“If they build it, they will fill it!” “Close Rikers now, no new jails!” “Fund communities now!” chanted some 50 people at 8 a.m. on Sept. 5 in New York’s City Hall Park. They came together to oppose the city’s plan to build four jails to replace the notorious prison complex on Rikers Island when it is closed as planned.
The rally marked a year since the community came together to tell the city to shut down Rikers, and to voice a resounding “No!” to building any new jails. Despite the overwhelming opposition in every borough to jail expansion voiced at many public hearings, the City Planning Commission voted “yes” on Sept. 3 to go ahead with the original plan to shut down Rikers and to spend $11 billion to build jails in four communities to replace it.
Members of Take Back the Bronx, Decolonize this Place, the Isaacs-Holmes Coalition and No New Jails Coalition all joined together at the rally. Activists spoke out on both their individual struggles against the prison industrial complex and the power they had fighting had together. They called for the money slated for jails to be used instead to fund communities and public housing.
“The Rikers prison was built on top of a landfill. Mayor de Blasio’s plan right now to build these four jails is equivalent to the former mayor’s plan back then, and these are the same principles they’re applying to these new jails, said community organizer and PSL member Kerbie Joseph.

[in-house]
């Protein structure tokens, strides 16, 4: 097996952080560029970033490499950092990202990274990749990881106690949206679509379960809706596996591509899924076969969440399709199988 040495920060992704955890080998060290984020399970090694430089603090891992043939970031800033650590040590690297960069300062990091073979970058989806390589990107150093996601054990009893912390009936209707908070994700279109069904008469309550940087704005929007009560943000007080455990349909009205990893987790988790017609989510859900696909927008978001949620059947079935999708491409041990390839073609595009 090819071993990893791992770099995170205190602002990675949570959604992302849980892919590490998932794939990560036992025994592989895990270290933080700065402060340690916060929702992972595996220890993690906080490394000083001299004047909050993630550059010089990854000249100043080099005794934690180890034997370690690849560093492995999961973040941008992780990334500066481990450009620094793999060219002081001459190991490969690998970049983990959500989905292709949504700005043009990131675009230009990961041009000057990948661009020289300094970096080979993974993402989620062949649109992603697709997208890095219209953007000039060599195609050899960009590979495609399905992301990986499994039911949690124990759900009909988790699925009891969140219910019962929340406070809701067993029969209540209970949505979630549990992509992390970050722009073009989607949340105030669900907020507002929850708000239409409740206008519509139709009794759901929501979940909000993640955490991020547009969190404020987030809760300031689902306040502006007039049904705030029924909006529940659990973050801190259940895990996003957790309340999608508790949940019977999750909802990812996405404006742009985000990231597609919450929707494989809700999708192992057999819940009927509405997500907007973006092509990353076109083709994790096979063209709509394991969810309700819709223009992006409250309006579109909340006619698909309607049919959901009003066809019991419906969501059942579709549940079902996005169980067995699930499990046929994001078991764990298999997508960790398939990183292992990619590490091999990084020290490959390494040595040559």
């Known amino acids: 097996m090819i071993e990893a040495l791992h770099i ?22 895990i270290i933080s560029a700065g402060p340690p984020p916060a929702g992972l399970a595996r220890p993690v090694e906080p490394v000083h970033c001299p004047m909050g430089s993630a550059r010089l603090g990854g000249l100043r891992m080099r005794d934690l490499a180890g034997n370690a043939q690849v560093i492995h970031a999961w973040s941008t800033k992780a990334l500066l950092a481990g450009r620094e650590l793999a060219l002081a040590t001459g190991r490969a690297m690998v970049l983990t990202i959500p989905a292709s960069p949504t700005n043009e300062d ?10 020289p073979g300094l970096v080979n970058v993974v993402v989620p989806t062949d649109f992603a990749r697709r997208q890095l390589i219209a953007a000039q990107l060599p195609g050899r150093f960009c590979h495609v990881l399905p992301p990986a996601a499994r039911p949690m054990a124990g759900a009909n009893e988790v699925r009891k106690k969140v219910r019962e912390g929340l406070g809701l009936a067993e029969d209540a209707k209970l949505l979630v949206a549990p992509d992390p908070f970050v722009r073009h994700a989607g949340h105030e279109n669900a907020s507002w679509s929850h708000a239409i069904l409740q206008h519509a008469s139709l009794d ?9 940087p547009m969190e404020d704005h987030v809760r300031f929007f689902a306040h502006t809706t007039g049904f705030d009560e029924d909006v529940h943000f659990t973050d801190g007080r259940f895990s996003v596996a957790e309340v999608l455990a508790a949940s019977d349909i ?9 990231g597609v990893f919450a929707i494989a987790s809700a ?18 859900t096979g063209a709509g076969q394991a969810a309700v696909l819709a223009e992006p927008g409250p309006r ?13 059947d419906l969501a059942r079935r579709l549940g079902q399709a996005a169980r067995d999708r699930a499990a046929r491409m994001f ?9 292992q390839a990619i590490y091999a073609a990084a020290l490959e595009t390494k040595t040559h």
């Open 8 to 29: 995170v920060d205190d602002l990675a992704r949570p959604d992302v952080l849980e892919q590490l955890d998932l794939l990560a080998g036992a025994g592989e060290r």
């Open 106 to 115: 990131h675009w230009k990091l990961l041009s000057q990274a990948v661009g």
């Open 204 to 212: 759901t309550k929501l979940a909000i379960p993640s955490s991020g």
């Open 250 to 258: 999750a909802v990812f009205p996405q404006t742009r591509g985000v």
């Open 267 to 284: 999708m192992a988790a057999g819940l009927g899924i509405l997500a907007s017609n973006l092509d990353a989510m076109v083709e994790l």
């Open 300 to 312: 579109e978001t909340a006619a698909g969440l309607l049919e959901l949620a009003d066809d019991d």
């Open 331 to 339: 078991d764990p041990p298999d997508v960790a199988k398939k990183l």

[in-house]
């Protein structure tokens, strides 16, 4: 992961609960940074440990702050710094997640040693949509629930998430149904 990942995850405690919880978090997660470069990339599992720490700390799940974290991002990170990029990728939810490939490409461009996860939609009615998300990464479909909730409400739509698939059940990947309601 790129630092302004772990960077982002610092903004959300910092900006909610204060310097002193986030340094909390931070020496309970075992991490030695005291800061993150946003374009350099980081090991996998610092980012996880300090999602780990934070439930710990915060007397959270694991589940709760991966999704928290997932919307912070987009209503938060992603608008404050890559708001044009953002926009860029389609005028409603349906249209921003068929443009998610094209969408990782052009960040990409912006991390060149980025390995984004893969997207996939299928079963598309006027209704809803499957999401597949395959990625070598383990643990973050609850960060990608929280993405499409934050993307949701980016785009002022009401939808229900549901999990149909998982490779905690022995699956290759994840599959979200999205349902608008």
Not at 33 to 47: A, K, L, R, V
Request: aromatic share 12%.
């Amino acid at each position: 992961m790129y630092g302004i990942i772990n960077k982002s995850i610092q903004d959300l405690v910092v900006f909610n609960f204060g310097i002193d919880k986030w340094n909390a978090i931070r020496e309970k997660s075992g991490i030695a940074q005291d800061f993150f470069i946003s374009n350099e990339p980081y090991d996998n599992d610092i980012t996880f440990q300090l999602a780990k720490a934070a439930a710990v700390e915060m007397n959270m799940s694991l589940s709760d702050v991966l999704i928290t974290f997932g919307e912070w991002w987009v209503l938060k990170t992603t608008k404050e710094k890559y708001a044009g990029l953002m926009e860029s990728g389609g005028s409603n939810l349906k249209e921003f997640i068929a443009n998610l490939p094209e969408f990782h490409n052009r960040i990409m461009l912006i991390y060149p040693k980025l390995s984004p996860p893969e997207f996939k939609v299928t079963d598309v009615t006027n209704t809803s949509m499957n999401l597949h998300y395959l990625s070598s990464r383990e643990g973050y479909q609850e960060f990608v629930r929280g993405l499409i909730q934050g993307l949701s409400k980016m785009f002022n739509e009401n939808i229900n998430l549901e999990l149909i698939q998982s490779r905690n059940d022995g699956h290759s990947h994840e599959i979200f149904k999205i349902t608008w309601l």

Kei Williams, an activist with No New Jails and a national organizer with the Marsha P. Johnson Institute, pointed out the flaw in the city’s peddling of the new jails on the basis that it will provide “services” to trans women and others. “Black trans women are the most marginalized population and also likely to end up in our jails. Considering the systematic oppression they already deal with inside these prisons, and all of the struggle they have to go through to get the things that they need, you’re telling me that the only way they can get services is to put them inside a prison?” What about funding communities before they are incarcerated?
Other speakers pointed out that the wave of gentrification in communities of color leads to over-policing, and more arrests. The new community based jails will make incarceration easier.
Saundrea Coleman, from the Isaacs-Holmes Coalition, touched on this city’s capitalistic priorities. There are not enough funds to maintain NYCHA, this city’s public housing, she said. Yet the city government awarded the new head of NYCHA a salary more than three times the rate of his predecessor –$400,000! She pointed out that public transportation is no more reliable than it was the year prior, but is even more expensive. This city’s most basic needs are not being met due to the purposeful mismanagement of our tax dollars, she said.
A speaker from Take Back the Bronx explained, there’s nothing separating Trump, who wants to build detention centers, from these so-called “progressive” New York Democratic politicians who want to build new jails in our neighborhoods. “It’s up to us to keep the pressure on these shameless, opportunistic politicians, hold them accountable, and fight back!”